Turkish Football News

Debt restructure a “milestone” for Turkish clubs

Turkish clubs debt restructure move hailed as a milestone

All but a few Super Lig clubs are drowning in debt. The new plan to help solve the financial woes of clubs could be their long-needed lifeline.

Turkish Football Federation (TFF) chairman Yildirim Demiroren has described a plan aimed at restructuring the country’s football clubs’ debts, estimated to be around 10 billion Turkish Liras, as a “milestone.”

“The deal the TFF has struck with the Turkish Banks’ Association [TBB] will strengthen the clubs’ financial and administrative structures and represents a strong contribution to Turkish sports,” Demiroren said during a televised interview on January 7.

He reiterated that the envisaged plan is all about the restructuring of the existing debts.

The total debt of the “Big Four” clubs in the Turkish Super Lig is more than 10 billion lira ($1.57 billion), exacerbated by worsening domestic and international performances.

“Our clubs have lost credibility. Thus, given this unfavorable situation, restructuring is a must. We are talking about a debt standing at around 10 billion liras. They are all bankrupt. If those clubs were regular businesses, most of them would not be able to take out loans from banks. This restructuring is a milestone and time will prove us right. The arrangement will create a breathing room for the football clubs,” he explained

The plan is not designed to intervene in the clubs’ management, he added.

A similar system was implemented in Spain and worked, according to Demiroren.

“The playing will be leveled under the restructuring scheme. Larger clubs will not take out loans. They all compete under equal terms.”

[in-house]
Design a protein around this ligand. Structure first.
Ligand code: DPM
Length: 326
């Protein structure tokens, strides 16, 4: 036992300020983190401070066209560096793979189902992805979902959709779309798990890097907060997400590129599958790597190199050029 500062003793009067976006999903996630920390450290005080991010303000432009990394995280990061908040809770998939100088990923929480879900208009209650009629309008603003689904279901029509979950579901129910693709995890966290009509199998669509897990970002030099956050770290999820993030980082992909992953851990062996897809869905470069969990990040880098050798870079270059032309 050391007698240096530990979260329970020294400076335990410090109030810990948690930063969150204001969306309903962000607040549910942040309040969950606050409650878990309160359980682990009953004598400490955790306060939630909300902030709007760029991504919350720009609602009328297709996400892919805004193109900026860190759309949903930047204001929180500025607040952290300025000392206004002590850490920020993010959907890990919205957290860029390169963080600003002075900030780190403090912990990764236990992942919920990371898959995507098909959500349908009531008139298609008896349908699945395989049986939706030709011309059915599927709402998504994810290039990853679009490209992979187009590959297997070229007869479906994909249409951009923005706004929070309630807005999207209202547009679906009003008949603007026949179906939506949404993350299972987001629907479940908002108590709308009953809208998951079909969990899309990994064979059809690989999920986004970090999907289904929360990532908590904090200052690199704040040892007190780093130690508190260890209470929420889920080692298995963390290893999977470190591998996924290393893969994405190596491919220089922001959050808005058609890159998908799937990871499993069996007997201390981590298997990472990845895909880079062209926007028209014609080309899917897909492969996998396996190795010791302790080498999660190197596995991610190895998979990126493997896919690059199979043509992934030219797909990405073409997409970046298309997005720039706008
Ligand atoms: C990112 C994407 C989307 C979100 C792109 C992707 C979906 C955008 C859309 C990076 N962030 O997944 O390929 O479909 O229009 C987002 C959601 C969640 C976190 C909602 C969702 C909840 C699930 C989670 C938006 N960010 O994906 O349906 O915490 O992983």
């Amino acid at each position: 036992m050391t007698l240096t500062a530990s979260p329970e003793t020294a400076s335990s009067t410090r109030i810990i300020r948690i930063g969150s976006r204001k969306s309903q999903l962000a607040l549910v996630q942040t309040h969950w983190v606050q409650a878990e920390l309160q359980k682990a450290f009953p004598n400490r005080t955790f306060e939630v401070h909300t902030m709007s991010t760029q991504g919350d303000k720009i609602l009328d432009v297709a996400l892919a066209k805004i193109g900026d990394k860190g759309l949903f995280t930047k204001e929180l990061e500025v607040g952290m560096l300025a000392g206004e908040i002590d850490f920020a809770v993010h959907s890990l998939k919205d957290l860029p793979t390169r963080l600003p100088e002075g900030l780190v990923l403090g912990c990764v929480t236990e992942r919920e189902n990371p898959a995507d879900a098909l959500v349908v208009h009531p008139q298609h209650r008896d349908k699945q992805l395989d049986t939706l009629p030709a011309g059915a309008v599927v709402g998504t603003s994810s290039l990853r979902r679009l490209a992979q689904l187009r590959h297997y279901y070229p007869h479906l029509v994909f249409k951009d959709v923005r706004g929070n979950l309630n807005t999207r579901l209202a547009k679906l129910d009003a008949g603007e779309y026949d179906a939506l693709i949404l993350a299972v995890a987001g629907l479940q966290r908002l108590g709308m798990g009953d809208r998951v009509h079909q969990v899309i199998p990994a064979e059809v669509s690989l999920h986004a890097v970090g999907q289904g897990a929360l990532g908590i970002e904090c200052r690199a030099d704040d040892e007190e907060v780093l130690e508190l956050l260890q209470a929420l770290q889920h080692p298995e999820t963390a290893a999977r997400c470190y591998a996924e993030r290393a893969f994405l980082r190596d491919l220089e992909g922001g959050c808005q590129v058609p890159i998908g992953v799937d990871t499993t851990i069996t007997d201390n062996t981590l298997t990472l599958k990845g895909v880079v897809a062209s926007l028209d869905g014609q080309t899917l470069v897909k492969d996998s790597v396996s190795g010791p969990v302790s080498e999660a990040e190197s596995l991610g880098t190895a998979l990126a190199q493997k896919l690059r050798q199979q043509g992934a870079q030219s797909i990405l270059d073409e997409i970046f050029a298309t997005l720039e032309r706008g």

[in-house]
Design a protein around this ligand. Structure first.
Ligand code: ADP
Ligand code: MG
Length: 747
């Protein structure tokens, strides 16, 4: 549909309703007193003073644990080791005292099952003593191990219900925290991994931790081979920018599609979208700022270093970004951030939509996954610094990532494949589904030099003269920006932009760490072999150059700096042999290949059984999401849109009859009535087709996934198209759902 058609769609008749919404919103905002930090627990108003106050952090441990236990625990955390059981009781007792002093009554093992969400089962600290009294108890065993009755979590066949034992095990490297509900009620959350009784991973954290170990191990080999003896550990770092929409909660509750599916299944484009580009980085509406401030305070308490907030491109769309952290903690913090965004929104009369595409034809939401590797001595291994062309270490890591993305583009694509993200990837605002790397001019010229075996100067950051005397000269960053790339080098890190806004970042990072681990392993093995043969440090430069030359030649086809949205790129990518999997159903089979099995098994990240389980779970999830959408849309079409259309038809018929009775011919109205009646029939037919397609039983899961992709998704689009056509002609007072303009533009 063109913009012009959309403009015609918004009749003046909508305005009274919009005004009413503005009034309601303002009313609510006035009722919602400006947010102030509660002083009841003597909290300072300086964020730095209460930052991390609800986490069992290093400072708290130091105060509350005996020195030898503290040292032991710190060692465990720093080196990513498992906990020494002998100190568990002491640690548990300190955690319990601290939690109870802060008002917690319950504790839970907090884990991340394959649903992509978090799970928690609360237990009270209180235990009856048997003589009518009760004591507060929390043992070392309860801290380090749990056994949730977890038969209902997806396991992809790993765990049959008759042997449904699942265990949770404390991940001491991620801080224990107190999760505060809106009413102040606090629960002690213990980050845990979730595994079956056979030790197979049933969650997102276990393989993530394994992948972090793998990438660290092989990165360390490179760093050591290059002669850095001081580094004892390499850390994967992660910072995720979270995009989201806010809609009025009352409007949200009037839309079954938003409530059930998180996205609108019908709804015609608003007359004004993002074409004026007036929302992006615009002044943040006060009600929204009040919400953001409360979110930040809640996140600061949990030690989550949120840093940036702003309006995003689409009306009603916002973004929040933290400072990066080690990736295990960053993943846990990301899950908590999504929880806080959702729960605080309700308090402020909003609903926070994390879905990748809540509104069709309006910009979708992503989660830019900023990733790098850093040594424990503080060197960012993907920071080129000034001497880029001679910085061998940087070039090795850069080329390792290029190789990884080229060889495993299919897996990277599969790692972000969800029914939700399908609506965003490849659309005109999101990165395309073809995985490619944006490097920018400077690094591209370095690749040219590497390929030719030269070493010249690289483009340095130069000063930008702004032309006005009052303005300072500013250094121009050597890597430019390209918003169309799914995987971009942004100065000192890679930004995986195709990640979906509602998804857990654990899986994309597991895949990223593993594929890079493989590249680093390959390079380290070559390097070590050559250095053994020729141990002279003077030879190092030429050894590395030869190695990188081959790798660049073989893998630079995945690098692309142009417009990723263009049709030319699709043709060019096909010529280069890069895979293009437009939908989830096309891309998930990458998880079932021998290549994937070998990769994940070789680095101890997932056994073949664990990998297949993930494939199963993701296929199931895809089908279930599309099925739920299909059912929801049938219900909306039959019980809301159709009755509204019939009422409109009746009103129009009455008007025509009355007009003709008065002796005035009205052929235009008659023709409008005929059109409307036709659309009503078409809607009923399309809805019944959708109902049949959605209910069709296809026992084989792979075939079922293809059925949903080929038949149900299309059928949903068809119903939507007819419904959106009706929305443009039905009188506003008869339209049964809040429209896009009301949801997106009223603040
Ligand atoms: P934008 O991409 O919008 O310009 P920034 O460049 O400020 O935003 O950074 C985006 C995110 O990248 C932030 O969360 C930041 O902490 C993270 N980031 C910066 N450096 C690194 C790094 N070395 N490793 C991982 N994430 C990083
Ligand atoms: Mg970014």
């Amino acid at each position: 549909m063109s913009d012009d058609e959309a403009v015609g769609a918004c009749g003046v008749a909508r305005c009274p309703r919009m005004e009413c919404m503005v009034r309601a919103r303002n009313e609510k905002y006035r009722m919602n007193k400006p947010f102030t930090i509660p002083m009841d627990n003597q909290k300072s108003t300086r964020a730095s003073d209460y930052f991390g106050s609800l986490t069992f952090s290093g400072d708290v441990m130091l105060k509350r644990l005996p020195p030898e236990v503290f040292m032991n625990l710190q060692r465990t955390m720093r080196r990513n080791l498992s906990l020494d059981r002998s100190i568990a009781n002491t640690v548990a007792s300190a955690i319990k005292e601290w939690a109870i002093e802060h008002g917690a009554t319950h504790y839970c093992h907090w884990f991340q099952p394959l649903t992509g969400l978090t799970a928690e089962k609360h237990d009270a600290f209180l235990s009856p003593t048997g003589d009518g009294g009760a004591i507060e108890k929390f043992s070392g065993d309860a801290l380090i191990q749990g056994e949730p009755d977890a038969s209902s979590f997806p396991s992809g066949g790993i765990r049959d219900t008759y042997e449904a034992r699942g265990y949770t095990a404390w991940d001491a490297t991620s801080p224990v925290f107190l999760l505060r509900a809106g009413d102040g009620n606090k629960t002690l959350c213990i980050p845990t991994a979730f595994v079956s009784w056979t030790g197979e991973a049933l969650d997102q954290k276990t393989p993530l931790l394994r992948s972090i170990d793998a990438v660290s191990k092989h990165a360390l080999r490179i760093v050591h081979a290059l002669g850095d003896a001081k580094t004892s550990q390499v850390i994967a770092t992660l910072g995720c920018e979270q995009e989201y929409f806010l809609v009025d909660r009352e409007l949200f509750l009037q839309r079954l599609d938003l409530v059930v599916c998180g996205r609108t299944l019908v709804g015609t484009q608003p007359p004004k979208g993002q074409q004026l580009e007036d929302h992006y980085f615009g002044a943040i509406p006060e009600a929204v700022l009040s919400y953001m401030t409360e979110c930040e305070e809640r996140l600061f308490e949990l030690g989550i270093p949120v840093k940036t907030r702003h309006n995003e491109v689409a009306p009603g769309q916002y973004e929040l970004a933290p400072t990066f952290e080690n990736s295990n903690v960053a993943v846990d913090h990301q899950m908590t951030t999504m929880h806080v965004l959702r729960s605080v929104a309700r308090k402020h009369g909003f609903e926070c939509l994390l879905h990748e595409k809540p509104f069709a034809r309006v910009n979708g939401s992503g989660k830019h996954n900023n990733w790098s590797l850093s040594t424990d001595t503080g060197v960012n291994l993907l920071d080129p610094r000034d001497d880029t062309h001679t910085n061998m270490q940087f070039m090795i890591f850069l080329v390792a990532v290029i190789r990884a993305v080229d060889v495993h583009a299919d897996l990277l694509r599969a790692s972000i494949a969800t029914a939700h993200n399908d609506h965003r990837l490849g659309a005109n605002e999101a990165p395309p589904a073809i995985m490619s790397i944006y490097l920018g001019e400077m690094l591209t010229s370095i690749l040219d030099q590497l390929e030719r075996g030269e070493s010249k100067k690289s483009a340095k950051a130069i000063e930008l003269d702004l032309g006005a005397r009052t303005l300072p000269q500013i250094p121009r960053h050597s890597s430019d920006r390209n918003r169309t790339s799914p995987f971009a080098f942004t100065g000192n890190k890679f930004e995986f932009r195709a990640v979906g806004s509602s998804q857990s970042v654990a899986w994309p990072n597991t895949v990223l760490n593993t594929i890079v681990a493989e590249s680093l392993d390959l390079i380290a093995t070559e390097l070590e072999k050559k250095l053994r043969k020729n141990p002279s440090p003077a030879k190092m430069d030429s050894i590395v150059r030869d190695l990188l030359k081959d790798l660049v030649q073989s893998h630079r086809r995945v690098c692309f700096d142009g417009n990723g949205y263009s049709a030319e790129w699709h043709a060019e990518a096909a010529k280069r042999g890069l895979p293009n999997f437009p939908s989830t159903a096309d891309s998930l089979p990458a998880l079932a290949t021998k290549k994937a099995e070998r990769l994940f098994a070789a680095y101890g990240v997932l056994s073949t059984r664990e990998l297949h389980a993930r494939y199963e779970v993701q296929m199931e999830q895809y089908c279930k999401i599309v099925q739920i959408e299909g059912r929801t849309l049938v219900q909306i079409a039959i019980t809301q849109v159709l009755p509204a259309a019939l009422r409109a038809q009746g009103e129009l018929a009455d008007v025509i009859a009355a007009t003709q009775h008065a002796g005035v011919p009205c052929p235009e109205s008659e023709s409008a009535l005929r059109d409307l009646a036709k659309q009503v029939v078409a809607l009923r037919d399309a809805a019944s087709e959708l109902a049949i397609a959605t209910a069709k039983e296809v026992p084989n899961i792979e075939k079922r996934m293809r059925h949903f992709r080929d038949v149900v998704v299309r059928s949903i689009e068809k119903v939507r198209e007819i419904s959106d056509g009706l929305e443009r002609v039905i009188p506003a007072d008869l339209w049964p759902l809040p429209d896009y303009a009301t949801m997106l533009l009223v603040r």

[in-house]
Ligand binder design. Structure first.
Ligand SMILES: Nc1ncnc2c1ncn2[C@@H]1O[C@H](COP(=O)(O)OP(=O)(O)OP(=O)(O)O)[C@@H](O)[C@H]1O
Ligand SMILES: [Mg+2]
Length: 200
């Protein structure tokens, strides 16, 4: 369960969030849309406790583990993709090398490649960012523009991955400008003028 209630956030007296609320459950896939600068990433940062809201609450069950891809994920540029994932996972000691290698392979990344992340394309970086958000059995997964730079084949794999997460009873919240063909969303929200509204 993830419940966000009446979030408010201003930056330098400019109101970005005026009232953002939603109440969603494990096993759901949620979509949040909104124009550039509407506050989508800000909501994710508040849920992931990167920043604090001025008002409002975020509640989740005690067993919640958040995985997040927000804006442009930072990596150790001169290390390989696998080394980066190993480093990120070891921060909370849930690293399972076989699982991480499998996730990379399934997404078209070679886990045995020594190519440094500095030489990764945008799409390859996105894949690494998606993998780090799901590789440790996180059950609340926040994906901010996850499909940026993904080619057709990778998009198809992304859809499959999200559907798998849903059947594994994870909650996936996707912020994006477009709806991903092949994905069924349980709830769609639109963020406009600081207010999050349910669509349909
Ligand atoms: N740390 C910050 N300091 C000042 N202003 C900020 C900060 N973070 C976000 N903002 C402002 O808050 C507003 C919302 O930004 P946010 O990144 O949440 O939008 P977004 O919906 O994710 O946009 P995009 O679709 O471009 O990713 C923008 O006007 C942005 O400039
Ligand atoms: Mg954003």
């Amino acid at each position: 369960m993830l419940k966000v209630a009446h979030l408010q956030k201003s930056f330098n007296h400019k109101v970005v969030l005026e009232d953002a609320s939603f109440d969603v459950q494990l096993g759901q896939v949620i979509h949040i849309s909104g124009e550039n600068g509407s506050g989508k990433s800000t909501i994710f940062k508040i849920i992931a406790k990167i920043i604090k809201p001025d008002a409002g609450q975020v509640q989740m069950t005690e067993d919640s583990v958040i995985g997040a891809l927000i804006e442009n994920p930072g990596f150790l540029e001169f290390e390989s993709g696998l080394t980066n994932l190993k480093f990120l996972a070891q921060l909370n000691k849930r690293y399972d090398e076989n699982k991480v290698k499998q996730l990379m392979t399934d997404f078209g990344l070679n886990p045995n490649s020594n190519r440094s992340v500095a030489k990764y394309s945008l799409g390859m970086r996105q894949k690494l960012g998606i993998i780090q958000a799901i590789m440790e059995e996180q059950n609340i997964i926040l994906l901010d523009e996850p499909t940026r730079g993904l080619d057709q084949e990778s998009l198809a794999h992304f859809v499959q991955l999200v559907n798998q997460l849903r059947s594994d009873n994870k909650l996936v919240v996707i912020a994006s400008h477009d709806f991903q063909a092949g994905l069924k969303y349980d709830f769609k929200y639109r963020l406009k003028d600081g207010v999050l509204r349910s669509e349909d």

Business relation

Speaking on the same TV broadcast, Huseyin Aydin, the general manager of the state-run lender Ziraat and TBB’s board chairman, said that as banks they are doing business and the football clubs were their clients.

“We are aware of the problems of the [football] industry. We have been discussing possible remedies for some time,” he added.

Aydin noted that Ziraat Bank is not the only lender that provides loans to the football industry, dismissing criticism that the bank is shifting focus from the agriculture sector to football clubs.

“We are still engaged in the agriculture sector. There are more than 15 financial institutions that extend loans to the football industry,” he said.

Echoing Demiroren, Aydin reiterated that “we will not take over the management of the clubs.”

According to Aydin, the revenues of Turkish clubs are strong and the Turkish league is one of most valuable leagues in the world.

“The annual revenues of the big clubs are around 600 million liras. The problems have accumulated over the years. Some of the clubs are not even able pay the interest of the loan, they have lost their control over their budgets,” he said.

The Big Three are the clubs that have racked up the most amount of debt, unsurprisingly.

Fenerbahce, a regular contender for the league title in previous years, sits in 17th place with just 16 points from the first half of the season. The club has debts of nearly 4 billion TL (€631.9 million).

Galatasaray’s debt, according to the club’s latest reports, stood at 2.97 billion TL (€469 million). 

Besiktas, who went on a spending spree that its chairman dubbed the “Sacrifice” in recent years, are 2.49 billion TL (€393 million) in debt.

Not all 18 football clubs competing in the Super Lig are debt-stricken, however. Istanbul Basaksehir, Kasimpasa, Sivasspor and Goztepe are doing well financially, managing to make payments on time and currently running almost debt-free.

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